If you've studied for the exam and spent hours and hours covering thousands of pages of material - it just might feel more like "prepping" for doomsday more than anything else. The required references for 2019 alone now cover 9 different books, 12 volumes and over 6,500 pages.
This week I'm covering a review of the 2018 exam and some updates to 2019 for the Fire Protection PE Exam.
Discouraging 2018 Results
The overall results from all 241 examinees came in December, and the results were not great.
Pass rates for first-time examinees fell to 56%, the lowest this decade. The pass rate for repeat takers also fell to 28%, the lowest rate since 2015. These results are published annually by NCEES.
4th Toughest Exam for First-Timers
We once again maintain a distinction for having one of the most difficult exams to pass. The 56% pass rate for first time examinees ranks 4th toughest of the 24 different PE disciplines, behind only software, civil (construction), and power systems.
The overall pass rate (first-time and repeat takers combined) isn't much better with fire protection having the 7th most difficult pass rate.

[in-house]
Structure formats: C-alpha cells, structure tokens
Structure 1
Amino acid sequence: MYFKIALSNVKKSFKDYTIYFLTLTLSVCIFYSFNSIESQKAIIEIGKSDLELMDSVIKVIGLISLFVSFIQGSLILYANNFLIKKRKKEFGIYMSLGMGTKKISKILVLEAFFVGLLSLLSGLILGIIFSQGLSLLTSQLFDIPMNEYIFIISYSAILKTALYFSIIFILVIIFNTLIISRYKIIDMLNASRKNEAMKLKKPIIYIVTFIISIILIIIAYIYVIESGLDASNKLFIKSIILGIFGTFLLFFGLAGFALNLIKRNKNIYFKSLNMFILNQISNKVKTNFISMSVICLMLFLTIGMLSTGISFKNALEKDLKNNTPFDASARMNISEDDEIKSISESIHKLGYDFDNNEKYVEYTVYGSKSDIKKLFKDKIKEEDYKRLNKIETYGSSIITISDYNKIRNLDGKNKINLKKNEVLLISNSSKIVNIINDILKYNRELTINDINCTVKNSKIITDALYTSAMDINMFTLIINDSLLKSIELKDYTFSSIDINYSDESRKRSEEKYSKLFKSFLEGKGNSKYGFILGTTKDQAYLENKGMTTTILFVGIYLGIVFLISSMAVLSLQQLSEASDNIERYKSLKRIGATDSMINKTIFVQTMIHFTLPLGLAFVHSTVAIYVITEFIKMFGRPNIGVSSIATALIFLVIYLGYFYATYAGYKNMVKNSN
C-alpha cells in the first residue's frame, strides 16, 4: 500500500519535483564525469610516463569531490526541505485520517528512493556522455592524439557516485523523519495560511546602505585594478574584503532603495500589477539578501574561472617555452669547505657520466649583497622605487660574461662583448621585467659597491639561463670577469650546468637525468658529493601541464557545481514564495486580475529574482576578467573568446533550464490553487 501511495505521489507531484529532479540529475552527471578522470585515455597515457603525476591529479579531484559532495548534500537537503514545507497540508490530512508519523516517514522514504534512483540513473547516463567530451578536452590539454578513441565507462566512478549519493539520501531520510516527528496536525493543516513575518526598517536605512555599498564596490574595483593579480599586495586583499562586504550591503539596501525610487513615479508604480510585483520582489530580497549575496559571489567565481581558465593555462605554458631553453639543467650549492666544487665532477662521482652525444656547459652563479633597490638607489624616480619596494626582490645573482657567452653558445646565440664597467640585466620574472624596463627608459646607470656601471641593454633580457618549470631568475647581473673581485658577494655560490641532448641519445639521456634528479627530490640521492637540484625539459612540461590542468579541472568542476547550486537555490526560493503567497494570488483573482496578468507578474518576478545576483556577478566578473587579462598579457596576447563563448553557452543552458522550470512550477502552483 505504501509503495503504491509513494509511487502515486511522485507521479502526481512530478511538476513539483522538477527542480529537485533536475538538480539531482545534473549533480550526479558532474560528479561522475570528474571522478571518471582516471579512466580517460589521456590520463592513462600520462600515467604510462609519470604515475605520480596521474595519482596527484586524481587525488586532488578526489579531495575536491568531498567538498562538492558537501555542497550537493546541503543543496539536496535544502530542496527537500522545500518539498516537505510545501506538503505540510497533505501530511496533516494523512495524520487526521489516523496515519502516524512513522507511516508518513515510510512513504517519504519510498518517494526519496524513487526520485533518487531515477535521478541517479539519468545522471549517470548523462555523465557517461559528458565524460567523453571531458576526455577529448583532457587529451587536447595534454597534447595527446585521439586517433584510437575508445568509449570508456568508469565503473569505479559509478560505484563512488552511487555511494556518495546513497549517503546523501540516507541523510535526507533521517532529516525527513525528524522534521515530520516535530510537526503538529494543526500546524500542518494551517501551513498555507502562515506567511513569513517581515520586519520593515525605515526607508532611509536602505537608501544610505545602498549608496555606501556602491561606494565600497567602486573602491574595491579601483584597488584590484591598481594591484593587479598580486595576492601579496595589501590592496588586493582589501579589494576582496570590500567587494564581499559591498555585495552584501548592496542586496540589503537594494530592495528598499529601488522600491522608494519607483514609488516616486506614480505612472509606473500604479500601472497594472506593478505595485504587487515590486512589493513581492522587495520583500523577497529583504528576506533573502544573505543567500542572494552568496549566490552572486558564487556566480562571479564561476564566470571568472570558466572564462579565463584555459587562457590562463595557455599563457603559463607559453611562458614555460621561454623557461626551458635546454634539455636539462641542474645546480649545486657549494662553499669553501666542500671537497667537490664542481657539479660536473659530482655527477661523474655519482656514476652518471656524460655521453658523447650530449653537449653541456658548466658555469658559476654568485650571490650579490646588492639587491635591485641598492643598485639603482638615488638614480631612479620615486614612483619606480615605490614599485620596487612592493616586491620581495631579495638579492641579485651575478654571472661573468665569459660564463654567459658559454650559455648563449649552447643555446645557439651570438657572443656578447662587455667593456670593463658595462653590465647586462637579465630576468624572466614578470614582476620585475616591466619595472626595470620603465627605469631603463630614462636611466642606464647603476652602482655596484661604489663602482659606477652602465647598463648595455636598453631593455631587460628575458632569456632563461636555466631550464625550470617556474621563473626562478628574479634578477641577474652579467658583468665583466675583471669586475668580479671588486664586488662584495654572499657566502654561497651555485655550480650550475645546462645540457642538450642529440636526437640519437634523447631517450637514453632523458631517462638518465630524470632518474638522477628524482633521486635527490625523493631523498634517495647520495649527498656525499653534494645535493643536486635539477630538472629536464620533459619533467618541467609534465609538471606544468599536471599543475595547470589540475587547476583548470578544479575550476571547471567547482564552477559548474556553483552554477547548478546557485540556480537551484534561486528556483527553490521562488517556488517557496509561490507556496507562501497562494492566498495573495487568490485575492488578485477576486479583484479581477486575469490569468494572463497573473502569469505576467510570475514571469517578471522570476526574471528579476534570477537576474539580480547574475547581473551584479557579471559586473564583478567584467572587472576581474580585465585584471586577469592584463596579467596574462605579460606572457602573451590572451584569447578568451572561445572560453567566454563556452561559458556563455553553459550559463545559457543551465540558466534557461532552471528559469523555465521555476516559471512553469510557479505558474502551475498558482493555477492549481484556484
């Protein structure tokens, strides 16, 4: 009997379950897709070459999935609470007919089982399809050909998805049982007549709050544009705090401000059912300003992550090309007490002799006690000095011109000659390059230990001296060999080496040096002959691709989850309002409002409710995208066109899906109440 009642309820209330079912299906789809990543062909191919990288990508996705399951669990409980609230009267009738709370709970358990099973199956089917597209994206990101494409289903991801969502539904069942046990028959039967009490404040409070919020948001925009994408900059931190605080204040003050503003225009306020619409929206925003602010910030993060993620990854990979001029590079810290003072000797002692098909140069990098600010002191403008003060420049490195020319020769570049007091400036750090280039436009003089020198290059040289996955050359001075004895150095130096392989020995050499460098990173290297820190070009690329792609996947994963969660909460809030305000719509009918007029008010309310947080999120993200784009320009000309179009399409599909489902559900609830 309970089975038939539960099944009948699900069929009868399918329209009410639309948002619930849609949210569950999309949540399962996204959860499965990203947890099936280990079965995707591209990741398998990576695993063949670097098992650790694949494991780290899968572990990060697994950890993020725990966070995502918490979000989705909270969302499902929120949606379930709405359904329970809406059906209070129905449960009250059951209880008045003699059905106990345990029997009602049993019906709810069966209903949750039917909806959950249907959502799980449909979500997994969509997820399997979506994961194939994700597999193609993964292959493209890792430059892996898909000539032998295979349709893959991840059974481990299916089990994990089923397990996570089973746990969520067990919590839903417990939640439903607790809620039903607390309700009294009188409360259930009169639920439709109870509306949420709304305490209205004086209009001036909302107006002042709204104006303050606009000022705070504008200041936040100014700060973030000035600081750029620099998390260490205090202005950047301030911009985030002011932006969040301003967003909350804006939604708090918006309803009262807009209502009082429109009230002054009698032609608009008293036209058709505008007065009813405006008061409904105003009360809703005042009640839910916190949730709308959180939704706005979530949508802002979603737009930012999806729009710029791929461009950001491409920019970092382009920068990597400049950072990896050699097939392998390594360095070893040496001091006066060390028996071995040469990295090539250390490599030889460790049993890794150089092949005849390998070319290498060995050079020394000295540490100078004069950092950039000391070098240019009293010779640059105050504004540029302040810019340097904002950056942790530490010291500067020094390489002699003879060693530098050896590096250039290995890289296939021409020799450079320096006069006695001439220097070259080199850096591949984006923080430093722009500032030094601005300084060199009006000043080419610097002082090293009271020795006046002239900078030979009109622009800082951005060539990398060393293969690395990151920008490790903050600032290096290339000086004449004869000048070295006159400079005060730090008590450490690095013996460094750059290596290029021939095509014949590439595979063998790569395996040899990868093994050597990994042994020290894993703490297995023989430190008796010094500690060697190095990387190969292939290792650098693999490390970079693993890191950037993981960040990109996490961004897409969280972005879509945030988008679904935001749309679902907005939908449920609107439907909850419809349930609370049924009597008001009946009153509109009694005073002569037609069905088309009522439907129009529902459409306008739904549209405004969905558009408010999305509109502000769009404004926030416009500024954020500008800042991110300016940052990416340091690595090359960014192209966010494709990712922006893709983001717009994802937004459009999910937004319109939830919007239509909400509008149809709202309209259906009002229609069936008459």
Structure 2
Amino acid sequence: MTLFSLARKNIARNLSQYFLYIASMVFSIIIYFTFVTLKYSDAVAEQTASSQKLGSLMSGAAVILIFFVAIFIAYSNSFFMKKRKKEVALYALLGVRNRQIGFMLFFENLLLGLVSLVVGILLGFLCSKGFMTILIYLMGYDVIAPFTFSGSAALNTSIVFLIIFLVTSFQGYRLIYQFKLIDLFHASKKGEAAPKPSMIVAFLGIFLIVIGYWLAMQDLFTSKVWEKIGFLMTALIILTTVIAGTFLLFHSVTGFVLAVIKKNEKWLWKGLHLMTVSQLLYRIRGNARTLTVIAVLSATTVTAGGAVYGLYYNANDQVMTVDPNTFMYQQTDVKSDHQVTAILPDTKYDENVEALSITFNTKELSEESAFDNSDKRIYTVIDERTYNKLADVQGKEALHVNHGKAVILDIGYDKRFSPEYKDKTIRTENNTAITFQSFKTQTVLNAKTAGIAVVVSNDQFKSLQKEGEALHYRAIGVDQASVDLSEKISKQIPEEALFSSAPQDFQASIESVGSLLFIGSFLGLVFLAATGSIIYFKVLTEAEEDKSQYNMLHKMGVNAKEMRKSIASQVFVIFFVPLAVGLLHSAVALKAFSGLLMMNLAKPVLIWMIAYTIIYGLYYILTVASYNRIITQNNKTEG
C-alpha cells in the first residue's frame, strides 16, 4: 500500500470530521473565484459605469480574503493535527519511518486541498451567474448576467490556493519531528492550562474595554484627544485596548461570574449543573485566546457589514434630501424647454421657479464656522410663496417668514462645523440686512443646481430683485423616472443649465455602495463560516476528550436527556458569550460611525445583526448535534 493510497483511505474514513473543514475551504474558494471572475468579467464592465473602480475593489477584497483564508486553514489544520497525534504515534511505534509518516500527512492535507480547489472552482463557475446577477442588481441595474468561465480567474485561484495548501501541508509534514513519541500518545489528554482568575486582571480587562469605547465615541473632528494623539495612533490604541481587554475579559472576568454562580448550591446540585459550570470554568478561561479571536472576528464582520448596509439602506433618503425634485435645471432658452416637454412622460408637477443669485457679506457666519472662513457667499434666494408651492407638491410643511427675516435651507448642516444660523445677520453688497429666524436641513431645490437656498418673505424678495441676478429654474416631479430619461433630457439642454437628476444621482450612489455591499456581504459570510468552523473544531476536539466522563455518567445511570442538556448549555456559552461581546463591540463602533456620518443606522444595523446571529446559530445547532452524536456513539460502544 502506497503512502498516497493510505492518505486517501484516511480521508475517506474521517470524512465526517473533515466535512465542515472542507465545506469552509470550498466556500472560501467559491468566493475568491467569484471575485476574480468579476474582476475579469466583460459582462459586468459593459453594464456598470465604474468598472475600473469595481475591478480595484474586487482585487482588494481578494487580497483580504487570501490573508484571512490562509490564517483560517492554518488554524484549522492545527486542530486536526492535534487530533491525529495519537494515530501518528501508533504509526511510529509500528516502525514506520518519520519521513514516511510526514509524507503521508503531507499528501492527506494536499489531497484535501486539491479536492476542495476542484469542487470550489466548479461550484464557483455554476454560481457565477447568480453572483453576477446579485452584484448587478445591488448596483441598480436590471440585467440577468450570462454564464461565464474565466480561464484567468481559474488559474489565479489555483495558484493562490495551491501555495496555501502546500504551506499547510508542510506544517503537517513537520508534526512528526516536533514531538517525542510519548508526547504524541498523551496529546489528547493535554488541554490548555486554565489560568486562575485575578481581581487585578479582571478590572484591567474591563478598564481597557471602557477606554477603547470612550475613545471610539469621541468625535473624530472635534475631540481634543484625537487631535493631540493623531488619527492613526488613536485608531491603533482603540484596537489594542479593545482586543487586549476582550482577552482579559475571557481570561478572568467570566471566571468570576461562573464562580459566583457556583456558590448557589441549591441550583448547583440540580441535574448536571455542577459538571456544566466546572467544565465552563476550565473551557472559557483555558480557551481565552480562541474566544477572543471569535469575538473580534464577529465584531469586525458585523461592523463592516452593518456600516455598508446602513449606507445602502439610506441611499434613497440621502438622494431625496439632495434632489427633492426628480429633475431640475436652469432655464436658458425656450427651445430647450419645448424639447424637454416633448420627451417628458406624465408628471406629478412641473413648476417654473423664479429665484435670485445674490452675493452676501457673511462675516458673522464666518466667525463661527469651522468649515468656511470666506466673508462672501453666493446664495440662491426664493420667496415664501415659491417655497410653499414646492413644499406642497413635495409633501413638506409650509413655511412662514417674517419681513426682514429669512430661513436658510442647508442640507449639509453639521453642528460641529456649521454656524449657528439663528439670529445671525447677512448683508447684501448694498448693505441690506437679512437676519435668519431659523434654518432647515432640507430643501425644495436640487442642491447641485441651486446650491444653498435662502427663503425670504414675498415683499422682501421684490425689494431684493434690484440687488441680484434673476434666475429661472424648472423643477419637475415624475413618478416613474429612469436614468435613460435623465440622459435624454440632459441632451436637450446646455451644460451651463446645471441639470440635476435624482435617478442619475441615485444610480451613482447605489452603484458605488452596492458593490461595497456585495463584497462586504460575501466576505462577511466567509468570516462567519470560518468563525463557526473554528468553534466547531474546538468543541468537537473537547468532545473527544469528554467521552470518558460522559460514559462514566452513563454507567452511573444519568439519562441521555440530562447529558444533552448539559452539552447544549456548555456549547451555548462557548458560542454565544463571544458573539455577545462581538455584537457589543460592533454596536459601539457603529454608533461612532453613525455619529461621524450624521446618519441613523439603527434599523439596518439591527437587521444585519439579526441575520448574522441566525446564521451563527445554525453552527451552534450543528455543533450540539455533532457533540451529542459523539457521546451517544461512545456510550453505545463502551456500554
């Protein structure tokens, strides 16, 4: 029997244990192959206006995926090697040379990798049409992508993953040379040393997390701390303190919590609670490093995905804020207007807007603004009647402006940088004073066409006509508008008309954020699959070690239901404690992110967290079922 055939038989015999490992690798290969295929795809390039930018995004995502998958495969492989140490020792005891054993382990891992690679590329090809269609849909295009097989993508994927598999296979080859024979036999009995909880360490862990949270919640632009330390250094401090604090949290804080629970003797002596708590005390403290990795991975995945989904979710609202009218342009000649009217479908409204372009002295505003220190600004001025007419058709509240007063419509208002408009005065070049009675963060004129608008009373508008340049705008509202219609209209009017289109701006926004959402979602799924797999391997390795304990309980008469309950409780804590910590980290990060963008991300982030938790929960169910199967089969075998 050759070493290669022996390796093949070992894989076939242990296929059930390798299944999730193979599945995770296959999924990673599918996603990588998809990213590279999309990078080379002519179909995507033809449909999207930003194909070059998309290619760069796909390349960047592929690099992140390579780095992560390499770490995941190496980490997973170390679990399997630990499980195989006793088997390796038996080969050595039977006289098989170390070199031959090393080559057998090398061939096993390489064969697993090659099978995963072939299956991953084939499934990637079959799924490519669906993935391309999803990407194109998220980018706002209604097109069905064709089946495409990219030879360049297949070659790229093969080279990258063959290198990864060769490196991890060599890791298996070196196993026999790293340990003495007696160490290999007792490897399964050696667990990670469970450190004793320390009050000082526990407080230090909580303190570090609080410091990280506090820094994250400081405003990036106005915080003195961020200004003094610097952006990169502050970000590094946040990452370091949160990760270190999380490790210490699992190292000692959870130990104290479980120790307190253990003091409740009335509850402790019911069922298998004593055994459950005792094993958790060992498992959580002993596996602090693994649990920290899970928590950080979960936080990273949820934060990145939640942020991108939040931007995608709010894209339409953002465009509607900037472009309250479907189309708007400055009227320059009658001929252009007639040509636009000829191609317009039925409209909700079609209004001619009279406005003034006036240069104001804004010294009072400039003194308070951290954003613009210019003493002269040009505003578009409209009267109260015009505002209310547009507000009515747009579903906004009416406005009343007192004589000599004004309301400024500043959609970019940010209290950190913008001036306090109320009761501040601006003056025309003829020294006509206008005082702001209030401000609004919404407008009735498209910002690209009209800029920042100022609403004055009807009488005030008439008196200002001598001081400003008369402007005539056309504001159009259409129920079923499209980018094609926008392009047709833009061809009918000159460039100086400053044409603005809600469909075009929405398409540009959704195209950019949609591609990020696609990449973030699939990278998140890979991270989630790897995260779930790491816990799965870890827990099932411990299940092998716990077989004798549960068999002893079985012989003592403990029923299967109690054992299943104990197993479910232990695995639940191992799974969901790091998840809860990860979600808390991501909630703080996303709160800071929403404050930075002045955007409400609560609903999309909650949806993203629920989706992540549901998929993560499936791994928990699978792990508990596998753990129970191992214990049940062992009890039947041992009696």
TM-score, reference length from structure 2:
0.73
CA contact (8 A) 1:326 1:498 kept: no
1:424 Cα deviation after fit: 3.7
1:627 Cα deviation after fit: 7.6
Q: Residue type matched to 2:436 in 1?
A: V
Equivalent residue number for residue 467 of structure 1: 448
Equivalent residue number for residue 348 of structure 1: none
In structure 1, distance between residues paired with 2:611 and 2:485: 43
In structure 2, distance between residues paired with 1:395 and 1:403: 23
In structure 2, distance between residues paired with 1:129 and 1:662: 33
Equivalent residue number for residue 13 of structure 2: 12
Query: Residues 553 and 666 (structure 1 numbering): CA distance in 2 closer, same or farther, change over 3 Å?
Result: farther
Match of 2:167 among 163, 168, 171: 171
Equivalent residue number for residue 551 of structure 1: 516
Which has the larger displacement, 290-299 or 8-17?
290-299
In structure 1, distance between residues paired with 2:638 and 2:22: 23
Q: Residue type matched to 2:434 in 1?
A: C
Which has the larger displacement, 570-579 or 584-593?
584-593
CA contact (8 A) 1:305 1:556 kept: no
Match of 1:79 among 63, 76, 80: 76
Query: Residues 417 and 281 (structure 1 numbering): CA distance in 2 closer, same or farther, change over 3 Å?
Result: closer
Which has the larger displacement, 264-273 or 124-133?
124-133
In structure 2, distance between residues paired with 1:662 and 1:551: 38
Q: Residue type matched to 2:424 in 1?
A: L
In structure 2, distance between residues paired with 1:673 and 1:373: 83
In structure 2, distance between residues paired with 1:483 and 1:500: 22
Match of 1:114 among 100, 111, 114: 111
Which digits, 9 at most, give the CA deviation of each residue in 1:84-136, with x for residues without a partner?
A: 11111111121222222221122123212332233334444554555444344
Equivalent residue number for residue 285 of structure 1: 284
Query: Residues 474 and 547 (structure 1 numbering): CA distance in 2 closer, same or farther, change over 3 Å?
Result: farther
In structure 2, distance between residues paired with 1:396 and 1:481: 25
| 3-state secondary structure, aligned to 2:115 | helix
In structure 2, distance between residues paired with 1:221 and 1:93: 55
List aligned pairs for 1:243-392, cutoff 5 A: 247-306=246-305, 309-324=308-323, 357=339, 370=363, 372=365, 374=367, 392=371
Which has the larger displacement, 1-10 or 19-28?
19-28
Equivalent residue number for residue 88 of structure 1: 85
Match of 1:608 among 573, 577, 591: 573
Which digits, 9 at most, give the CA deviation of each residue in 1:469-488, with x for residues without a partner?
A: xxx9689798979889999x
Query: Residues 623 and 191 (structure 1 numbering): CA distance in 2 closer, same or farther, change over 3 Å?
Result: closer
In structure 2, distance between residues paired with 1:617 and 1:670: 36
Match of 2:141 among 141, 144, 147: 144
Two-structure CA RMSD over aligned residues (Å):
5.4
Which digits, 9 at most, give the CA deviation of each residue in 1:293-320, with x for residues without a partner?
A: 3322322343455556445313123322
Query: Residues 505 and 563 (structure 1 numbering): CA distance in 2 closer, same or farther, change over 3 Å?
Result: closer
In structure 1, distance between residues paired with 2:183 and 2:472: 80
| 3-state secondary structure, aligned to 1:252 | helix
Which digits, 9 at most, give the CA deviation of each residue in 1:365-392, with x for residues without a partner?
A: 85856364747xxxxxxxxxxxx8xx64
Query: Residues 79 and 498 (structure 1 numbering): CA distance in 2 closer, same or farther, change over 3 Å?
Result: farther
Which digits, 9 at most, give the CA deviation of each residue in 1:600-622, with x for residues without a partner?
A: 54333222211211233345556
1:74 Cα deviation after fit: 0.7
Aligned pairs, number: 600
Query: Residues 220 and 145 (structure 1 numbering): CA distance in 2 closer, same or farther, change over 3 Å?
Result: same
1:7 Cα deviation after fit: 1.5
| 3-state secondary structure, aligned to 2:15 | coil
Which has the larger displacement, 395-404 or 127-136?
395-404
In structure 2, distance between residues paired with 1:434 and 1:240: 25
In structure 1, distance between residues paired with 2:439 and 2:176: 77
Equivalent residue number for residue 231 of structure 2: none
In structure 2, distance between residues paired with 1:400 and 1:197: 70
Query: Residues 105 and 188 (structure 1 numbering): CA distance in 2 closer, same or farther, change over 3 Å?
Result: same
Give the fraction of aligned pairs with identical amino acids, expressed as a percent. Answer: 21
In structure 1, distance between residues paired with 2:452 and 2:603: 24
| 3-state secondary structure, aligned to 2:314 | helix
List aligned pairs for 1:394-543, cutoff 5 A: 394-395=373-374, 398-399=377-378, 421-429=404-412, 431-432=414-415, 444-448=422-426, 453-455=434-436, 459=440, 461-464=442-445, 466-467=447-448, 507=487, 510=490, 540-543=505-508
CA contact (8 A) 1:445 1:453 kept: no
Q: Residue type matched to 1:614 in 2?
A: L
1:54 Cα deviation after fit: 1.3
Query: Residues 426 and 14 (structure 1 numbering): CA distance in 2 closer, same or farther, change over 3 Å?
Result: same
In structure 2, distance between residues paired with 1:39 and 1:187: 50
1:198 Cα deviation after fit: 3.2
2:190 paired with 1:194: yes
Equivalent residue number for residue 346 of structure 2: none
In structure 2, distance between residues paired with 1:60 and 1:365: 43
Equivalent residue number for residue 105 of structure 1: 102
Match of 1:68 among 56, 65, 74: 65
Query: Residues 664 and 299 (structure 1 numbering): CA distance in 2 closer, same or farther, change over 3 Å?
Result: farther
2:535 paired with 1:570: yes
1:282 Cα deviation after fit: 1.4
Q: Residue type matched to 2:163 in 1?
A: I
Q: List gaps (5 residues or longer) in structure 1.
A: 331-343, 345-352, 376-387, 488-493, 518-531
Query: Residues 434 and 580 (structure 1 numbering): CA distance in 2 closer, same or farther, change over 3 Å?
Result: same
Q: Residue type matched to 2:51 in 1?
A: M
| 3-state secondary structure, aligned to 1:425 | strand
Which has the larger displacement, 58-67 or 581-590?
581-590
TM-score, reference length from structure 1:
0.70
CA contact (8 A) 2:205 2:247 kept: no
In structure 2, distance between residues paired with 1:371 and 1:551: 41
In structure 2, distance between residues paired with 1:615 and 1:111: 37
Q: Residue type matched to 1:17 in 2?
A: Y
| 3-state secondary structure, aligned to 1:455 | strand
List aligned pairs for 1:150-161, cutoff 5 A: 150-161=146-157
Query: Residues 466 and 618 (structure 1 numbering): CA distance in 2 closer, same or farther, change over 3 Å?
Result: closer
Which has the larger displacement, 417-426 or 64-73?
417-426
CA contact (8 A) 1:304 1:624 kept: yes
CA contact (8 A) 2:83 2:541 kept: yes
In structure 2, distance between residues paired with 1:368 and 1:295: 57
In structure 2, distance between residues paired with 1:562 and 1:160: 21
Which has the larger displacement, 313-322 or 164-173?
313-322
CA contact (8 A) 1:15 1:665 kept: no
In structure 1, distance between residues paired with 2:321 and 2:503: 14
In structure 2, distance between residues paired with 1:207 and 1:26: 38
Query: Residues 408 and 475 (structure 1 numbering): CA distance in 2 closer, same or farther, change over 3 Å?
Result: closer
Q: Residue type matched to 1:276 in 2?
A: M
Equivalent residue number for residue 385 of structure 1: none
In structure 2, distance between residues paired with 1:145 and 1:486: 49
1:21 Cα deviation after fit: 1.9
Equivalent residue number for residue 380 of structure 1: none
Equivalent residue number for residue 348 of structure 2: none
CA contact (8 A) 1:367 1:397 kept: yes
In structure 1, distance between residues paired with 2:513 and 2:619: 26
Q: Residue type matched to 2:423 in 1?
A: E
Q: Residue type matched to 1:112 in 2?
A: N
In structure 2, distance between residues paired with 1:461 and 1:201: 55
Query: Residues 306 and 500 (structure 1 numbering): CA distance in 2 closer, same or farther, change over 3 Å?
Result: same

On a related note one of the adjacent fields where some people working in fire protection get their PE is mechanical and architectural. Architectural used to have an overall pass rate above 80%, but that appears to no longer be the case. The Mechanical PE on Thermal & Fluid Systems has an overall pass rate of 60%, higher than fire protection but not by a large degree.
Raw Cut Score about 70%
With the popularity of the Weekly Exam Series (a 20-week series of mini-exams for Fire Protection PE examinees), I've gathered significantly better analytics on the difficulty of the actual exam and how well studying translates to passing the exam.
We're now able to better estimate the raw cut score (the percentage of questions correct to pass the exam), and how the difficulty of the Weekly Exams compares to the actual exam.
From the 2018 exam, we've estimated an overall raw cut score of 69-70%.
MeyerFire User Pass Rates
The statistic I love and get asked about more than anything is what the pass rates are for people buying the PE Prep Guide and what the pass rates are for people doing the Weekly Exams.
In short, it is very difficult to calculate this value now that the Prep Guide has become so popular. Consider this - on the 2018 exam over 2 out of every 3 examinees had the 2018 edition in their hand when they took the exam. Many who didn't have the 2018 edition brought a copy of the 2017.
In concept, if nearly everyone has a copy of the book on the actual exam, then it becomes more of a prerequisite to taking the exam than it does a boost only to the person using it. Where I have found differentiation, though, is between examinees who get a copy, study early, and study thoroughly. Somewhat obviously - the best prepared tend to do better on the actual exam.